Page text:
Date of Award
Master of Science
Department of Systems Engineering and Management
Daniel T. Holt, PhD
To explore to possible respite effects of deployments, active duty Air Force acquisition support personnel who were either scheduled to deploy (n=74), or recently returned from deployment (n=34) were surveyed. Analysis of variance compared the pre-deployment male's and female's perceived levels of burnout, emotional exhaustion, role ambiguity, role conflict, self-efficacy, organizational commitment, contingent rewards, operating conditions, co-worker satisfaction, and overall job satisfaction. The same analysis was conducted dividing the pre- and post-deployment groups by whether or not they had children. Several of the findings were as hypothesized. Specifically, post-deployment females reported lower scores for emotional exhaustion, role ambiguity, organizational commitment, and overall job satisfaction. Both pre- and post-deployment members with children reported lower levels of contingent rewards. Additionally, pre-deployment members with children reported higher levels of co-worker satisfaction, and lower levels of self-efficacy. Implications of the findings are discussed.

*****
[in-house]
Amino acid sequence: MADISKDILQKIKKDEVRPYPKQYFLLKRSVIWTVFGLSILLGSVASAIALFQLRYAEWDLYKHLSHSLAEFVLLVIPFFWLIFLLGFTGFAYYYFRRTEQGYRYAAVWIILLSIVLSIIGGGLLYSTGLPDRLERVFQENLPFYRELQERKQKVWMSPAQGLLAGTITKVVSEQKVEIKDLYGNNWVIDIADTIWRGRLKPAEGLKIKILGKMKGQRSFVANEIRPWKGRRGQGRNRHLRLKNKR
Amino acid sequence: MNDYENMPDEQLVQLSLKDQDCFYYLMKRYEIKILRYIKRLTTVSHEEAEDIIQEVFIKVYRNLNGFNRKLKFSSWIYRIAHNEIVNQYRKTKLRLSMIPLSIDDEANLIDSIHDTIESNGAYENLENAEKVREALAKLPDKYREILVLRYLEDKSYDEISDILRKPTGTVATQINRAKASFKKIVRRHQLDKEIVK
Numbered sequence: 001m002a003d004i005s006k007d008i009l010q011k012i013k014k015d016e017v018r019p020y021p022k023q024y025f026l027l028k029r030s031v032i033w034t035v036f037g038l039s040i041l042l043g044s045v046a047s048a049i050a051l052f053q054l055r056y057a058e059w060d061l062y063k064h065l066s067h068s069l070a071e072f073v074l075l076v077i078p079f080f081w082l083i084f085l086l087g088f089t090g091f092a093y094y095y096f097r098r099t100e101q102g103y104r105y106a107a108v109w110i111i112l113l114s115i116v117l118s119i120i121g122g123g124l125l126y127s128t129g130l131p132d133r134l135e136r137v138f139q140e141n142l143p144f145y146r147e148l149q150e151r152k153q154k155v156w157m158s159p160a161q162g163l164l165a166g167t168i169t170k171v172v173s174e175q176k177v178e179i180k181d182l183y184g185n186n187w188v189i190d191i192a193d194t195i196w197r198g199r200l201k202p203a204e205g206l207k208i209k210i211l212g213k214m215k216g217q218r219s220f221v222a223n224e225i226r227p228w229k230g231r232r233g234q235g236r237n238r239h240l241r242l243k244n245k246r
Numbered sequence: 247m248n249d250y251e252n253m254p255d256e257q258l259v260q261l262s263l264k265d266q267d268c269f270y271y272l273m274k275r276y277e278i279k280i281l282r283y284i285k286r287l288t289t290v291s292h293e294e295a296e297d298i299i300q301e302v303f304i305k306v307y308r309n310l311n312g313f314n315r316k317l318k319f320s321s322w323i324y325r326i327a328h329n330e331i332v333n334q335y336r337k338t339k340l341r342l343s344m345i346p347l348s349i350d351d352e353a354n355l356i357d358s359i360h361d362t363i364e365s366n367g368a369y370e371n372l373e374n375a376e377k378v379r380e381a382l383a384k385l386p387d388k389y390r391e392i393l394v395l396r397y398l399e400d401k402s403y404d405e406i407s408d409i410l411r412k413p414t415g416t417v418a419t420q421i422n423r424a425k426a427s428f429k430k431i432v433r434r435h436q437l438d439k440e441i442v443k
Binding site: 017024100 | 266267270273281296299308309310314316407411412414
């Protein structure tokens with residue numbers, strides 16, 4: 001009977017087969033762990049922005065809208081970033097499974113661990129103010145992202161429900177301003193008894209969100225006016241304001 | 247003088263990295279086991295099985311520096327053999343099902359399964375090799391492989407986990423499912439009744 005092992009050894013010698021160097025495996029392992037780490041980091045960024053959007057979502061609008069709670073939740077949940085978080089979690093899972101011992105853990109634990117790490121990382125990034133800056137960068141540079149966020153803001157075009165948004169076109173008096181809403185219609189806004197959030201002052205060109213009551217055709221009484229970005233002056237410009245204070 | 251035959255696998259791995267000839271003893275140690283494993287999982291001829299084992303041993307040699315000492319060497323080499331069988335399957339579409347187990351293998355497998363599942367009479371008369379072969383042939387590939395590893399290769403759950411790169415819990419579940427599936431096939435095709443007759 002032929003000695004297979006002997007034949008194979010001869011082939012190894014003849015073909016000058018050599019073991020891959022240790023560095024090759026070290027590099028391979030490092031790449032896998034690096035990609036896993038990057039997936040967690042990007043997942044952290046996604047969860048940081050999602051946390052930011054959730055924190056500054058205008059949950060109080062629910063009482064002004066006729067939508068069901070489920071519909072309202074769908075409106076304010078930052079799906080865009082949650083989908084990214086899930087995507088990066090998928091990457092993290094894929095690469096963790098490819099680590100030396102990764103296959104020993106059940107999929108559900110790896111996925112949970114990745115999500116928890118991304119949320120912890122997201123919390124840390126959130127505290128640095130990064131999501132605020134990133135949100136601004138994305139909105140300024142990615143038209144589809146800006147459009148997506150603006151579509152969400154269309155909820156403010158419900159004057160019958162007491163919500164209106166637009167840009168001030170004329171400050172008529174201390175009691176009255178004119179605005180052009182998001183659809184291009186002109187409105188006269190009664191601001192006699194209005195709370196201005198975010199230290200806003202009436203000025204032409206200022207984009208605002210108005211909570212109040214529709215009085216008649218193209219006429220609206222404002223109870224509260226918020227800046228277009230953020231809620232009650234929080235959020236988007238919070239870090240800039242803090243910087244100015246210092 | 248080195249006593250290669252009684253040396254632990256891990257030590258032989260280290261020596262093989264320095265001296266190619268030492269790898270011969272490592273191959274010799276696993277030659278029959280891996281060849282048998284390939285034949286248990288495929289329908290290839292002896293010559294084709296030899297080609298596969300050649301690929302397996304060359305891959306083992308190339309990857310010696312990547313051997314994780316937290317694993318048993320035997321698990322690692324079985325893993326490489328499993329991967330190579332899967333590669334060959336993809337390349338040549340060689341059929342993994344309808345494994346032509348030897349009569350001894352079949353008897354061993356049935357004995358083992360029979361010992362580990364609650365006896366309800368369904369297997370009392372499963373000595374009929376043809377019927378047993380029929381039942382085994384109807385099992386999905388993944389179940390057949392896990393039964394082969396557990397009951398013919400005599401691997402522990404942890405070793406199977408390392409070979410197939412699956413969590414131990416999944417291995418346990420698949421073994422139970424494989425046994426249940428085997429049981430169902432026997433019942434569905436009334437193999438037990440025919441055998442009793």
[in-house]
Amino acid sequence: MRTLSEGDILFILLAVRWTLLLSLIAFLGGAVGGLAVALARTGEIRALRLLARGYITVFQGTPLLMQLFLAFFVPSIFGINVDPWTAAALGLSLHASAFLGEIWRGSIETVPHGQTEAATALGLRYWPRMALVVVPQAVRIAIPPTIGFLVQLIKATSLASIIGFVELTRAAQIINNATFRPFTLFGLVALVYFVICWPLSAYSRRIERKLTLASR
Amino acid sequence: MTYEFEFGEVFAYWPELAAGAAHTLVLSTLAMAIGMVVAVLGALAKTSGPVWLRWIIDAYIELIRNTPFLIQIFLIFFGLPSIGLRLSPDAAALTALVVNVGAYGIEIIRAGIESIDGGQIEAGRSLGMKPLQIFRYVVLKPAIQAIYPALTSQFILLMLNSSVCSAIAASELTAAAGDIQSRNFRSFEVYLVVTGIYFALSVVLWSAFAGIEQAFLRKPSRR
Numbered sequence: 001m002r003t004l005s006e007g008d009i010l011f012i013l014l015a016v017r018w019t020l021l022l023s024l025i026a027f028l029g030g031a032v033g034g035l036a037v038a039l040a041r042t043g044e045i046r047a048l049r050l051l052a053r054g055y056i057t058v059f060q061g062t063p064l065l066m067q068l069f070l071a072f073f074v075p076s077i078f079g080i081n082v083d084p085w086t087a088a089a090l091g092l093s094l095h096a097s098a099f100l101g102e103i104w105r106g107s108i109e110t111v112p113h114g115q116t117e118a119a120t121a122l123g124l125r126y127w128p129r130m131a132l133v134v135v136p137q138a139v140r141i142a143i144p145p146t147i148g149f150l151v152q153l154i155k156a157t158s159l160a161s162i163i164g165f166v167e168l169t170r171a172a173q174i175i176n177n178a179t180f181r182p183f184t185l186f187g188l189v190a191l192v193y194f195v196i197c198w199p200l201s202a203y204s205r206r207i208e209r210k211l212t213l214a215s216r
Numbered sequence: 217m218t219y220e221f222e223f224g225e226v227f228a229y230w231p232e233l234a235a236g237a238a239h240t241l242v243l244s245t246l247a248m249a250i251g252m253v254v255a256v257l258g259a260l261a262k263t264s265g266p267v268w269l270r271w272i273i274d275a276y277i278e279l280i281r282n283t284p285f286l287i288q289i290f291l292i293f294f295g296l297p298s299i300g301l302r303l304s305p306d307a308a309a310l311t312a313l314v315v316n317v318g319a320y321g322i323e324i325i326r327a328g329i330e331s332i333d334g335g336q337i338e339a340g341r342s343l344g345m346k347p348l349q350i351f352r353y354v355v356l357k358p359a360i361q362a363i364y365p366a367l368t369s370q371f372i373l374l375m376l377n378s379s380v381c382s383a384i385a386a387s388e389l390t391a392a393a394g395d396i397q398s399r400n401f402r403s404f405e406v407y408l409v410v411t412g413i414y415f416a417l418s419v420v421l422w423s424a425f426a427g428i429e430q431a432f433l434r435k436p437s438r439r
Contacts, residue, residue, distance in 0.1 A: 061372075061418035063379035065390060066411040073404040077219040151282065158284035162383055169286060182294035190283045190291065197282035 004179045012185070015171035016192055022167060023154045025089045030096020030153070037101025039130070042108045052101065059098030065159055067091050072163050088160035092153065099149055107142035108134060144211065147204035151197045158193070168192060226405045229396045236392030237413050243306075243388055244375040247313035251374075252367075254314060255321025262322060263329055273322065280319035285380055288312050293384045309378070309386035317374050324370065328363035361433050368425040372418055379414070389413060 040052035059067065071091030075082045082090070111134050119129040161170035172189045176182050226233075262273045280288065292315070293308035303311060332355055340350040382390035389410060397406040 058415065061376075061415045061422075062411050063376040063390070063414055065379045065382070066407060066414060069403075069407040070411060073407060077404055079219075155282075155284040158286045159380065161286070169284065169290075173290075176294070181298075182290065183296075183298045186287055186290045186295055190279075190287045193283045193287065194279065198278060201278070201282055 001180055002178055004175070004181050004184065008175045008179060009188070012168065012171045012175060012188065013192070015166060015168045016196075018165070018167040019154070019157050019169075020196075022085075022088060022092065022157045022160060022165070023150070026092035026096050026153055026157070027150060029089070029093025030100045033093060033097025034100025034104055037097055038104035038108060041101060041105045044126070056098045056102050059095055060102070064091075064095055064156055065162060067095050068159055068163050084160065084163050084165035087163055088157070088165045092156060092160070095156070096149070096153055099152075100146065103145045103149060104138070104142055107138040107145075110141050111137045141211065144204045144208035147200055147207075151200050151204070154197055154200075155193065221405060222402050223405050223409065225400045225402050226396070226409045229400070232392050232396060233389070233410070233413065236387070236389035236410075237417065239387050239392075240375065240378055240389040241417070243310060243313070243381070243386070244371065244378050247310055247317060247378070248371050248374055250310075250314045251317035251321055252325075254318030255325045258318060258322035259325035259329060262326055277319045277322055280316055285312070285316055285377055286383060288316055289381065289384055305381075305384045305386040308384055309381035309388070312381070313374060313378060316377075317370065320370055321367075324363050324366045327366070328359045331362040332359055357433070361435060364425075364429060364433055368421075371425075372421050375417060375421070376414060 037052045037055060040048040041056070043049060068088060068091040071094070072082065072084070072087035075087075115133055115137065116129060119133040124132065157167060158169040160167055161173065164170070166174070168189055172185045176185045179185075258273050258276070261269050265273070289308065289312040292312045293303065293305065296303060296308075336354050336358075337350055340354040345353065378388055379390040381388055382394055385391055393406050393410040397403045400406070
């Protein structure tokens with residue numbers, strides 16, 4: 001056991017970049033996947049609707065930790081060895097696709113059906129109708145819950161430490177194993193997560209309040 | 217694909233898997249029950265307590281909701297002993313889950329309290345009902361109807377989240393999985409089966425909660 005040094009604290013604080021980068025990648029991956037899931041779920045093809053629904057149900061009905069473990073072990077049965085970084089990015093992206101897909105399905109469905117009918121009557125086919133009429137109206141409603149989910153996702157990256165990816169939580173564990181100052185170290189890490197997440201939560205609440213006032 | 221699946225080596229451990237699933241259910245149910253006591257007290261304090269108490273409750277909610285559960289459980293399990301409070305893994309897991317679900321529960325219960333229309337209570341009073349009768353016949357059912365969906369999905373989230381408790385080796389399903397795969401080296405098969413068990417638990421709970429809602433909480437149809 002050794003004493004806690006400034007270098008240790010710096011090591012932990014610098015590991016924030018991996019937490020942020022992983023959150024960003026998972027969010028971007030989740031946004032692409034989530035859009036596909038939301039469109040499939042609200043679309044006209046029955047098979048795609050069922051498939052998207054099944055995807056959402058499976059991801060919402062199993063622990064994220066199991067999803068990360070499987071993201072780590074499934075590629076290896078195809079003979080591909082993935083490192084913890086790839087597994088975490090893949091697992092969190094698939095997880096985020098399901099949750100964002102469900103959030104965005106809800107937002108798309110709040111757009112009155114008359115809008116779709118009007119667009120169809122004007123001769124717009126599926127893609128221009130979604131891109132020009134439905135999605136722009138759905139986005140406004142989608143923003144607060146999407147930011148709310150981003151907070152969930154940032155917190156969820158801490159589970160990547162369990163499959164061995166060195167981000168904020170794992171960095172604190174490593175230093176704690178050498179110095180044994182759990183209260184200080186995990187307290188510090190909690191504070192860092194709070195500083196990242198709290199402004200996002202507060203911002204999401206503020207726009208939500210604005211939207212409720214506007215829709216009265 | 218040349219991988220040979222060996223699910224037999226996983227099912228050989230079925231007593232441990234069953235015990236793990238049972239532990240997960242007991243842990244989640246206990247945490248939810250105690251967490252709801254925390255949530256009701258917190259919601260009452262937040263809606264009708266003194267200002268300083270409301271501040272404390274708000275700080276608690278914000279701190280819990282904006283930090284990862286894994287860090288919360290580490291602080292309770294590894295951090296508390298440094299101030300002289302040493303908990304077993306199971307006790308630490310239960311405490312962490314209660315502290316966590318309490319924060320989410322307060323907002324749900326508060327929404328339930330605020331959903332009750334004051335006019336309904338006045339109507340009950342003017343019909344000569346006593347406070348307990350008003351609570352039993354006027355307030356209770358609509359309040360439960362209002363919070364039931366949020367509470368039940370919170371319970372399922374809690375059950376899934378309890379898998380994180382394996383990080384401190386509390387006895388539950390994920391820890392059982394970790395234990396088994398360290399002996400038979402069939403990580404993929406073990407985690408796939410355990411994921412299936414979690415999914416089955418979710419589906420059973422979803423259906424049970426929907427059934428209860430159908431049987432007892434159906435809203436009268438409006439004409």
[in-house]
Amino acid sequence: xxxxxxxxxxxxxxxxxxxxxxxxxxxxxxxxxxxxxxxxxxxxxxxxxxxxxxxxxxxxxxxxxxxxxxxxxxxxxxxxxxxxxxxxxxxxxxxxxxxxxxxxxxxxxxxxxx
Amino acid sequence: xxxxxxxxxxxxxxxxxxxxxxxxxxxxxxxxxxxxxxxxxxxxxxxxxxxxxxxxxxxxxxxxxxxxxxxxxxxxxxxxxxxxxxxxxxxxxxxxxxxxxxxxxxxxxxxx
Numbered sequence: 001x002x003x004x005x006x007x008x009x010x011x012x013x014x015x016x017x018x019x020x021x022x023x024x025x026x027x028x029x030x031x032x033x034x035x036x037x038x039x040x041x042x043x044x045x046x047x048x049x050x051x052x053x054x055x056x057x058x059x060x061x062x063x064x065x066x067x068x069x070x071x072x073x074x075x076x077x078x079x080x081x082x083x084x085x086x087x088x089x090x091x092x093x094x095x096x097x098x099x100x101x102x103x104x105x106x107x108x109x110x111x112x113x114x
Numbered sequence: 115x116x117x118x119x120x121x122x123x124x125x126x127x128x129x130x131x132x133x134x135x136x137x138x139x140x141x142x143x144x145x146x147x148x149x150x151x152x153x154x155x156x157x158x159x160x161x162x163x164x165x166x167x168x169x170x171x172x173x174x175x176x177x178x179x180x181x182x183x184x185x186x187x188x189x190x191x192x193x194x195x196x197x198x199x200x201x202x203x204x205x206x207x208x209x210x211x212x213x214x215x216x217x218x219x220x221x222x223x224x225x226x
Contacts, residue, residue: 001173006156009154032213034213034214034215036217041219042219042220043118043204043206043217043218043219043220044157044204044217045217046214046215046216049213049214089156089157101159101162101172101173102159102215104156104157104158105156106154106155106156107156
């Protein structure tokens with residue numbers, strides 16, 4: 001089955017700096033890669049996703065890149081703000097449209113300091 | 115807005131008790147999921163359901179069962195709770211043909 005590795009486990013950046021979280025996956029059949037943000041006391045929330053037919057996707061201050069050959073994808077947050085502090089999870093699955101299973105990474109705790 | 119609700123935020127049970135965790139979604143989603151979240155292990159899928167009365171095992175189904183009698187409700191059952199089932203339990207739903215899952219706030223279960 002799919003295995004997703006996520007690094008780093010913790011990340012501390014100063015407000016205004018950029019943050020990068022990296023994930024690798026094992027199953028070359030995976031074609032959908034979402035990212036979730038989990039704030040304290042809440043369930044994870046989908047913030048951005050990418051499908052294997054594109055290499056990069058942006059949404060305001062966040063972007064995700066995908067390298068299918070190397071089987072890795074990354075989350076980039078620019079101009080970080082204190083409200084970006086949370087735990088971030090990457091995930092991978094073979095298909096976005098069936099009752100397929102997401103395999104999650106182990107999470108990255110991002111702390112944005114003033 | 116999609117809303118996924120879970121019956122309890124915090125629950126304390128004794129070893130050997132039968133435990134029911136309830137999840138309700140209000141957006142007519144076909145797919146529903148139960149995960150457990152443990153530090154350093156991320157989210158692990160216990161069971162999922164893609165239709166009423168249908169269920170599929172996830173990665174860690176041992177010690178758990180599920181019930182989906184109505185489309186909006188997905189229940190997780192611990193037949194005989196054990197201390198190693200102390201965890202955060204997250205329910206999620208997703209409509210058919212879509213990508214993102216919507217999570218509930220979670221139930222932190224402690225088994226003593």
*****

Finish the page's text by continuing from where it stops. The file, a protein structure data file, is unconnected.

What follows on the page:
DTIC Accession Number
Sthultz, Trevor T., "Military Deployments as a Respite from Burnout: An Analysis of Gender and Family" (2004). Theses and Dissertations. 3958.